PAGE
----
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Ontario overwhelmingly defeats MMP; declares Liberal majority perfectly legitimate

It's over. MMP fell by a margin stronger than its passing requirement. A well-funded, well-organised referendum campaign was defeated by the bill of goods it tried to sell.

42% of Ontario said the Liberals should govern yesterday, but 63% and all but 6 ridings said that is the way it should be, including nearly all the ridings held by opposition parties.

The issue of electoral reform in Ontario is dead for the forseeable future. Long live representative democracy!

PEI and Ontario rejected MMP with almost identical margins. BC very nearly approved BC-STV. Given the right electoral system, Ontario may well vote for electoral reform. It is proportional representation that was rejected last night.

Give me a true single-winner/single-riding preferential ballot and we'll talk.

Posted at 08:01 on October 11, 2007

This entry has been archived. Comments can no longer be posted.

MMP contradictions keep adding up | elections reform | Ontario LinuxFest makes an auspicious debut


Lord Kitchener's Own writes at Thu Oct 11 11:39:22 2007...

Well, actually 22% of Ontario said the Liberals should govern yesterday. And 31% said we should keep FPTP.

48% are so disenchanted with the system that they couldn't be bothered to leave their homes (on any of the 14 days they could have voted on) or to mail in a ballot.

I agree that reform is dead for the forseeable future. I'm also afraid I'm much closer to joining the almost 4 million Ontarians who can't be bothered to care anymore. I used to think "democracy" in Ontario was so depressing I'd fight to change it. Today (and hopefully it's just today) I'm to depressed even for that.


cdlu writes at Thu Oct 11 11:45:47 2007...

By which measure just 16% said we should try MMP.


Joseph Angolano writes at Thu Oct 11 22:39:13 2007...

Ouch. It was impressive. I take some solace in knowing that MMP died last night at our hands. In all my debates, I tried to push for the noble ideals of FPTP, which our strong party system has done so much to erode. It is still hanging on by the fingernails in the UK. Wild idea: an MP in the UK can vote against the PM and still stay in caucus!

At any rate, democracy has spoken. Stop complaining about everything else is what I say to those on the Yes Side who just can't look themselves in the mirror to find the cause of their loss. Although, there are some who did concede graciously. Good on them. I would have done the same if the results were the other way.

It is time to return our democracy back to its ideals. WE had a good debate and everyone learned lots, no doubt. Democracy as a whole is better off.


shoes writes at Fri Oct 12 21:09:56 2007...

cdlu, Well done! Your reasoned analysis of MMP is part of the reason thoughful individuals voted "no" and the MMP recommendation failed.

In spite of all the "the electorate was uniformed" moaning, I accept the view that of those voting on Wed. it was an informed and thoughtful response. I heard many different reasons from thoughtful individauls as to why they were voting against MMP. I think the debate was a good one and raised awareness (at least in 52% of voters). Few folks would list 10 reasons they were voting agaist MMP but they thought about it and based their decision on the one or two arguments that resonated with them.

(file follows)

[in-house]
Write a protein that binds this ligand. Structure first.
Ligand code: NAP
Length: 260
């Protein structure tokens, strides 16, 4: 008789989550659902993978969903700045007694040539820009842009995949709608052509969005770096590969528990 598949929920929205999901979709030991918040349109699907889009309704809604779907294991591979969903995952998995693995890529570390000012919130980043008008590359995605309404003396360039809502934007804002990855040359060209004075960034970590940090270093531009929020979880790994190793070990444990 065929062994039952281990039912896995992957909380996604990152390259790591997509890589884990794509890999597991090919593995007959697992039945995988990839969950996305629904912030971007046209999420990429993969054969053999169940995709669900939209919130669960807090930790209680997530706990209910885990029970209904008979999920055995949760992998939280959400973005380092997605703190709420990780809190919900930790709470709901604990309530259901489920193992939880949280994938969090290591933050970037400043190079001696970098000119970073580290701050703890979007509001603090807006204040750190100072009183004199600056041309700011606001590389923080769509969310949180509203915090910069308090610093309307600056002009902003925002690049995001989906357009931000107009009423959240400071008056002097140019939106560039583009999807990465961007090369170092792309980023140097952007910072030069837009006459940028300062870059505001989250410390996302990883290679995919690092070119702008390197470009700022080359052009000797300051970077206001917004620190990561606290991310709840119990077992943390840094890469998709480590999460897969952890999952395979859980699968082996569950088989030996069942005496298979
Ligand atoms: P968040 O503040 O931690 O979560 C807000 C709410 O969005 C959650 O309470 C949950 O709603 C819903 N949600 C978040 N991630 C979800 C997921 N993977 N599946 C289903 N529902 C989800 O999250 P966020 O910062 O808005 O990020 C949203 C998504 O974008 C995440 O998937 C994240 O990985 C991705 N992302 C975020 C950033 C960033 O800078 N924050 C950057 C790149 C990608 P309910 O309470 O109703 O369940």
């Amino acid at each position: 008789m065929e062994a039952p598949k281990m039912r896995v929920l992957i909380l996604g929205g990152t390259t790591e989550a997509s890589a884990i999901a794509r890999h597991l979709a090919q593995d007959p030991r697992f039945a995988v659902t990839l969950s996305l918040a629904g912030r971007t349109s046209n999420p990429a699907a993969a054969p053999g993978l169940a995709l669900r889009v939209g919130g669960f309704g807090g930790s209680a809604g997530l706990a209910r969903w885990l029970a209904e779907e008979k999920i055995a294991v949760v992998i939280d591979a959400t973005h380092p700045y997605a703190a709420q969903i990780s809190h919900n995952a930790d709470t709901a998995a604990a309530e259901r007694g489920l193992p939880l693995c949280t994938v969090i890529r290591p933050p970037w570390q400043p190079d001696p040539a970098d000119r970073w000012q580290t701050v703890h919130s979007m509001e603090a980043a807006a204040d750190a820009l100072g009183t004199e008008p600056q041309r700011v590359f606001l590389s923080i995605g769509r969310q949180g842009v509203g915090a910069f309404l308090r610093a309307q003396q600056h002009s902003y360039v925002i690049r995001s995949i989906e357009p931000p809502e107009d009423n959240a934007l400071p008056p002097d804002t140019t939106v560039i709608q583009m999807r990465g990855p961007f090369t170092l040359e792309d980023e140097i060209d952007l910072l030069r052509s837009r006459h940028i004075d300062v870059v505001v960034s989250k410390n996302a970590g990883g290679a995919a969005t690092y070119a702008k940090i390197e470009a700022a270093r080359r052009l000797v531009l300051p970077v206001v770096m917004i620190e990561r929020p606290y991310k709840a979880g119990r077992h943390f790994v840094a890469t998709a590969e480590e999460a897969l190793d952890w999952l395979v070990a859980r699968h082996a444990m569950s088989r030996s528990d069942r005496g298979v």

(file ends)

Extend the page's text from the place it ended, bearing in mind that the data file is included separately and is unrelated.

Clearly and and most disappointing was the turnout.

Relative to your post about wasted votes...perhaps a wasted vote is one from an uninfomed voter.

On Thursday morning I was asked by several people , who won?

Imagine.....


Craig Hubley (openpolitics.ca/electoral+reform) writes at Sun Jan 13 15:44:34 EST 2008...

Yes, MMP is a disaster with parties above the law as we have in Canada - they can't even be forced to follow their own constitutions. I shudder to think of the bagmen, cronies, insiders, hangers-on, etc., who'd end up with seats because of some personal favour they did the leader.

Quebec is now about to vote on it also. BC will however vote on STV again and hopefully NB and NS also will vote on STV or IRV. Once one big province passes a non-MMP reform, this debate is done.

Oh, STV is actually almost as party-"proportional" as MMP. A review of the 2005 BC vote showed that the Green Party of BC with 11 per cent of the vote would have got 8 per cent of the seats with most of their key critics winning including the leader. STV does not sacrifice every other goal in order to achieve an exact party-proportionality but it is still a far more proportional system than FPTP.

Ontario voters should force the Assembly to publish every presentation it got from the public. Including the one from Dan King advocating an instant-runoff ballot with the existing districts, in part because mayors also can adopt this system (in Toronto in 2000, 23 people ran for Mayor...) and it can be imposed without much deliberation -even federally. Someone might sue to claim that they had more first-place votes and should therefore have the seat, but a judge would almost certainly rule that a fair well known IRV counting system was a fair way to decide election outcomes, if there had been legislative approval of it. District borders are far more sensitive to tinkering and they are regularly changed by approval of the legislature. So the overhead of a referendum may not be necessary just to get rid of the worst problem of FPTP: vote-splitting.

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